Also called Legg-Calve-Perthes disease, this condition results from a loss of blood flow to the ball joint of the hip. When blood flow to the bone is reduced, the bone dies. This can cause the hip joint to collapse. Perthes disease affects children between 4 and 10 years old.
Perthes Disease: What You Need to Know
- Perthes disease is very rare, affecting less than 1 percent of all children.
- This condition is five times more common in boys than in girls.
- If your child has Perthes disease, you may notice him or her limping. Your child also may complain of mild pain in the groin, hip or knee area.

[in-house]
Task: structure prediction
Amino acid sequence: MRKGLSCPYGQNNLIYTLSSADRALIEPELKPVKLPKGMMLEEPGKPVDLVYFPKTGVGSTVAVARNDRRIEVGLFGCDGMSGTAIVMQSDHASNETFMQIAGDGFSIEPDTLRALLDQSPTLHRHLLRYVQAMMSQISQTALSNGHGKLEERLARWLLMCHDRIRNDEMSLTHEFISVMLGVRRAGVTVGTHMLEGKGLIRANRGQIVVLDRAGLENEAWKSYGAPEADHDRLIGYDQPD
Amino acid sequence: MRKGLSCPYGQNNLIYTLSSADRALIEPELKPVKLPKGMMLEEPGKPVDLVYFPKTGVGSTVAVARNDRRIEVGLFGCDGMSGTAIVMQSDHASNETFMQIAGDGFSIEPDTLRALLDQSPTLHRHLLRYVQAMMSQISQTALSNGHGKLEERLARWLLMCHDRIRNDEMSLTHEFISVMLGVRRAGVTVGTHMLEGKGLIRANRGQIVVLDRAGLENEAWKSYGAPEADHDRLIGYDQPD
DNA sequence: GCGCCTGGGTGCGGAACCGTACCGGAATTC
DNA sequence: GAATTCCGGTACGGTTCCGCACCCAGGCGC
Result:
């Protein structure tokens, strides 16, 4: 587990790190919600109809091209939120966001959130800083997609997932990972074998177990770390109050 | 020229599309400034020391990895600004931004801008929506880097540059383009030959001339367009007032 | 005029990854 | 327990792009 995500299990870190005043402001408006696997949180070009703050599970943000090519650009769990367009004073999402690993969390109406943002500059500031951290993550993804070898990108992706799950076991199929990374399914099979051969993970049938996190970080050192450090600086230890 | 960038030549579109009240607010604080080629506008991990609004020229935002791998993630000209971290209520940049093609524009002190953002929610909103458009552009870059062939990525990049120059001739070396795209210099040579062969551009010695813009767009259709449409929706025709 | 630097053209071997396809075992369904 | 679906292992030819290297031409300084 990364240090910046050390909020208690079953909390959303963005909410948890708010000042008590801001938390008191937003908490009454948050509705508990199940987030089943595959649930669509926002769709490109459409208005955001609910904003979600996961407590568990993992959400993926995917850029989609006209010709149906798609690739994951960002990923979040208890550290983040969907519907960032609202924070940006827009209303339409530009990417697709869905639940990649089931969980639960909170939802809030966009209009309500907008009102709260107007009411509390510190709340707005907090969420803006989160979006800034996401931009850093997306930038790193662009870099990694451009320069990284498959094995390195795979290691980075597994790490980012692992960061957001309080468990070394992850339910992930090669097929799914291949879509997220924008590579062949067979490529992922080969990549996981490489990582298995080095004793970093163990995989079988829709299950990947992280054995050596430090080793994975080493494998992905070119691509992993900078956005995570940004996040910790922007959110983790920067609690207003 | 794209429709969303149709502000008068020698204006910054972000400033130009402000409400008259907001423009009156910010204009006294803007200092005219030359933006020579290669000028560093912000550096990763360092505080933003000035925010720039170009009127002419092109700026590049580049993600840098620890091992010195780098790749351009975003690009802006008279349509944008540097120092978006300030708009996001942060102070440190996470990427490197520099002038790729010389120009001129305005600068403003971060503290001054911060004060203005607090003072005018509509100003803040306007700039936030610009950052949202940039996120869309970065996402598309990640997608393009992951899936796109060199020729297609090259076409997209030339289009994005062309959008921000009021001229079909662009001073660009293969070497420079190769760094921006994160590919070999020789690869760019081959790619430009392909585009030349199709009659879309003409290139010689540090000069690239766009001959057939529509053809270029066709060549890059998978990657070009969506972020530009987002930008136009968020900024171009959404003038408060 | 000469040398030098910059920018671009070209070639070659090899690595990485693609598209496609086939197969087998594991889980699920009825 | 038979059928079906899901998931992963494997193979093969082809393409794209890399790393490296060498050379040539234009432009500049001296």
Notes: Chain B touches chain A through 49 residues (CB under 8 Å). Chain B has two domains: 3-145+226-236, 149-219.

- Perthes disease may run in families. Children whose parents had the disease are more likely to get the condition themselves.
- If you suspect your child may have Perthes disease, you should consult an orthopaedic surgeon. The condition can usually be diagnosed with an X-ray. An MRI scan may also be necessary. Surgery may not be required, but a skilled pediatric orthopaedic surgeon can monitor and manage your child’s disease.
Why Choose Johns Hopkins for treatment of Perthes disease?
Rely on the expertise of our physicians to help you manage Perthes disease in your child.